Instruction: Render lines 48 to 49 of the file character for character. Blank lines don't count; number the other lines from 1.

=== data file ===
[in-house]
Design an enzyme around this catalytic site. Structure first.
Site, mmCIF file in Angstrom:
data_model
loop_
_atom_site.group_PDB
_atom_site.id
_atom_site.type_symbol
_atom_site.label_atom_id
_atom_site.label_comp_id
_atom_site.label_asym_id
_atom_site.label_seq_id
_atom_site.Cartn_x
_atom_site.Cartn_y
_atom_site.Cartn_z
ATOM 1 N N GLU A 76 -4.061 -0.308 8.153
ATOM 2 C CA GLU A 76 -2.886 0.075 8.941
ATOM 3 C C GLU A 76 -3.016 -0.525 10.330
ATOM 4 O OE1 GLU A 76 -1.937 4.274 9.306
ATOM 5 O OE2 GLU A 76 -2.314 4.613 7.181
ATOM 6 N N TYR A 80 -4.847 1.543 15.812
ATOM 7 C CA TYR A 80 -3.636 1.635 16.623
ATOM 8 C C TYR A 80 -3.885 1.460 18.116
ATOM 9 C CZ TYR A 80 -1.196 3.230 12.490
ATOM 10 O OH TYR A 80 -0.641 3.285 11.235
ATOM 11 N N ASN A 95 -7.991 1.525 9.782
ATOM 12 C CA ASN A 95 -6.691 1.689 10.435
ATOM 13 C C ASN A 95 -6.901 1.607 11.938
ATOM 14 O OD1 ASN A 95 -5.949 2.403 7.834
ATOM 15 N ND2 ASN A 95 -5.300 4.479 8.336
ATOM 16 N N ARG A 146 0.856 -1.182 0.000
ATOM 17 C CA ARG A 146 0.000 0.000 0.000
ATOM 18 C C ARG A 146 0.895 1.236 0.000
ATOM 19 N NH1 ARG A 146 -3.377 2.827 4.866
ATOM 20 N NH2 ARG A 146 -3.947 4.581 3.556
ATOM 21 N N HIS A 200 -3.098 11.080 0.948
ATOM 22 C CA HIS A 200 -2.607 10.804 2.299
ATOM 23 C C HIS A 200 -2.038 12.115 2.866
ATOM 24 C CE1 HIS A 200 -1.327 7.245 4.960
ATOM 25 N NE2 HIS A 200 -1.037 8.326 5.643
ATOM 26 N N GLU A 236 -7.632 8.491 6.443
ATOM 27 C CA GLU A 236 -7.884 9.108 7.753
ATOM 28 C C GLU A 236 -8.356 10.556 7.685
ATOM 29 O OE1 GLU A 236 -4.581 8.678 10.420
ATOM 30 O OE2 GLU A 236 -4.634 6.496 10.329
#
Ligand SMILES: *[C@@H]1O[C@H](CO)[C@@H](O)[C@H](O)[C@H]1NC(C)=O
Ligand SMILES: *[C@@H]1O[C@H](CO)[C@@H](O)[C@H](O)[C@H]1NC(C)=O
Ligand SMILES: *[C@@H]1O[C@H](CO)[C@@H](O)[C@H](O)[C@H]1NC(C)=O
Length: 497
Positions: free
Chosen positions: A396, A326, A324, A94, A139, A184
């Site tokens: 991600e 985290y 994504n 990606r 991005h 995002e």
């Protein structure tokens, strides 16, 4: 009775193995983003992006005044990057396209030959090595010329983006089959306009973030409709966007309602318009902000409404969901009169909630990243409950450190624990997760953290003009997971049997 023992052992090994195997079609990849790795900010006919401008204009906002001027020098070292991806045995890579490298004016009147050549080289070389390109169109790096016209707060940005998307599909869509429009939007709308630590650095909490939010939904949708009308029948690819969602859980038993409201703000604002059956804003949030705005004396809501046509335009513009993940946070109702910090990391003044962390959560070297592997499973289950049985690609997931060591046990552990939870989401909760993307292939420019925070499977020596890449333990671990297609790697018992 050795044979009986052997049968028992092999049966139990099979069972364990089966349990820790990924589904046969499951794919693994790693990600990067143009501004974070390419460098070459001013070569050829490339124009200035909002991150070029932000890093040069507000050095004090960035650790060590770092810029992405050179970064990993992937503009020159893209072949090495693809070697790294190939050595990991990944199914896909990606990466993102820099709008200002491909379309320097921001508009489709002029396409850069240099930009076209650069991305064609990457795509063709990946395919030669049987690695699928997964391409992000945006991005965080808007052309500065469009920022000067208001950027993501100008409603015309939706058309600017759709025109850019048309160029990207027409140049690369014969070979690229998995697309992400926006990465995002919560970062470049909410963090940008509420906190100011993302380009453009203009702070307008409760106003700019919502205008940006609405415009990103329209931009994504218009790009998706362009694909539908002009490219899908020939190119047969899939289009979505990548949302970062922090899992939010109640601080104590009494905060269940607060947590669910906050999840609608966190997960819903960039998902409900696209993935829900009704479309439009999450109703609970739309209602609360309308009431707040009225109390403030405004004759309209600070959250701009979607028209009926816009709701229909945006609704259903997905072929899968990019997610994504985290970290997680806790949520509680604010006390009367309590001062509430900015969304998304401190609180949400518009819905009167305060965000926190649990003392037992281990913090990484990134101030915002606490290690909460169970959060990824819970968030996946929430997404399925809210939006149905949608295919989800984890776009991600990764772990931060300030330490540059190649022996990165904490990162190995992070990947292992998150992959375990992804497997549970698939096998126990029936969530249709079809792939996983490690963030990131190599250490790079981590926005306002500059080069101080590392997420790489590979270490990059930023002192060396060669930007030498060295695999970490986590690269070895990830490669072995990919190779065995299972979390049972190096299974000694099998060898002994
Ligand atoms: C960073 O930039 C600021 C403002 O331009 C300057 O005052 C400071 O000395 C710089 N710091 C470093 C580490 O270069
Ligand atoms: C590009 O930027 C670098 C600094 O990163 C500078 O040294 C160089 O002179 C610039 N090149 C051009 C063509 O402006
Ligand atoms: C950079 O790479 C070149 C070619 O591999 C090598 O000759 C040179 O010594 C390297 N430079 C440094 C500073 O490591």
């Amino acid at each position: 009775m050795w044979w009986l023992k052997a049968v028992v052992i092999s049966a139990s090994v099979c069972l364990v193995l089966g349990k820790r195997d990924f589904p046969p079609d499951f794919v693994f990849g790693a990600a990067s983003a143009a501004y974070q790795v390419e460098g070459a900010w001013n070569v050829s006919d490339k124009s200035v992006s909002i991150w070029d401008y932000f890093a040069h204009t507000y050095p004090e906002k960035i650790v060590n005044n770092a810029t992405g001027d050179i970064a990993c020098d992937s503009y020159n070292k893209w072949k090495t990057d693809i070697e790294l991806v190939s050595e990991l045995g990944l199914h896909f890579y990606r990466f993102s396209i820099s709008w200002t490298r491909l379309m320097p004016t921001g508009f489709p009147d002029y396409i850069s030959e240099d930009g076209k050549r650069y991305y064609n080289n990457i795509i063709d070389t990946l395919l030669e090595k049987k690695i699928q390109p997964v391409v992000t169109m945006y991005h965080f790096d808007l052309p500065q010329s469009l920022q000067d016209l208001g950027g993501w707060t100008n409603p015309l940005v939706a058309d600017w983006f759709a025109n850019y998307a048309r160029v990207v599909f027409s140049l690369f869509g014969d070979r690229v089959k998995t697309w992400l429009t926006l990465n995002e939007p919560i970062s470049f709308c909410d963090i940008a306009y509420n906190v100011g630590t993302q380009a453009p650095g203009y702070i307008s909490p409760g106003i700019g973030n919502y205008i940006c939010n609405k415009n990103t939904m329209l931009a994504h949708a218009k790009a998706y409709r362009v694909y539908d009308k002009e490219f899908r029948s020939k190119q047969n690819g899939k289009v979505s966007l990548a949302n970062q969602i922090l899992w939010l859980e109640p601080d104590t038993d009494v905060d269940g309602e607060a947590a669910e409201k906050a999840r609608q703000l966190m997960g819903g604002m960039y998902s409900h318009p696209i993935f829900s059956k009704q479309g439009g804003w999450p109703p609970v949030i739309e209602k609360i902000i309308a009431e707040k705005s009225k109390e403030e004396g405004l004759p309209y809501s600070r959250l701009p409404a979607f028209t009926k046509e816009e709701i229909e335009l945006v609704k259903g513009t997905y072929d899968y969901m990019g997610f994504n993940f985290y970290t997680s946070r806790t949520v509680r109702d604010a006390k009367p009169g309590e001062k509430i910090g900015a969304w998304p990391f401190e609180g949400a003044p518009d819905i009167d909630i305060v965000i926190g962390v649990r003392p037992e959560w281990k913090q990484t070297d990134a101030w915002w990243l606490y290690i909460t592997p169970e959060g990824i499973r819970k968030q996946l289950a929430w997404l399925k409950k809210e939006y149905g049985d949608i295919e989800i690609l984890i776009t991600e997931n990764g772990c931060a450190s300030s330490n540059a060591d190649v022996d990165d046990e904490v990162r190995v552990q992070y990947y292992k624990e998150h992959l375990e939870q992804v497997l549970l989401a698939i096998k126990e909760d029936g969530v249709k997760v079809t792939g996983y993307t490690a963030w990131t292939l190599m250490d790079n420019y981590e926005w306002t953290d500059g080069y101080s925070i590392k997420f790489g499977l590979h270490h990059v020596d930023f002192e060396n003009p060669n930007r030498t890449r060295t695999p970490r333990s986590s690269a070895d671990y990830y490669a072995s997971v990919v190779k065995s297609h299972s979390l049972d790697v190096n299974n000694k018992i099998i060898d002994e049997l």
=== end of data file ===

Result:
Ligand SMILES: *[C@@H]1O[C@H](CO)[C@@H](O)[C@H](O)[C@H]1NC(C)=O
Ligand SMILES: *[C@@H]1O[C@H](CO)[C@@H](O)[C@H](O)[C@H]1NC(C)=O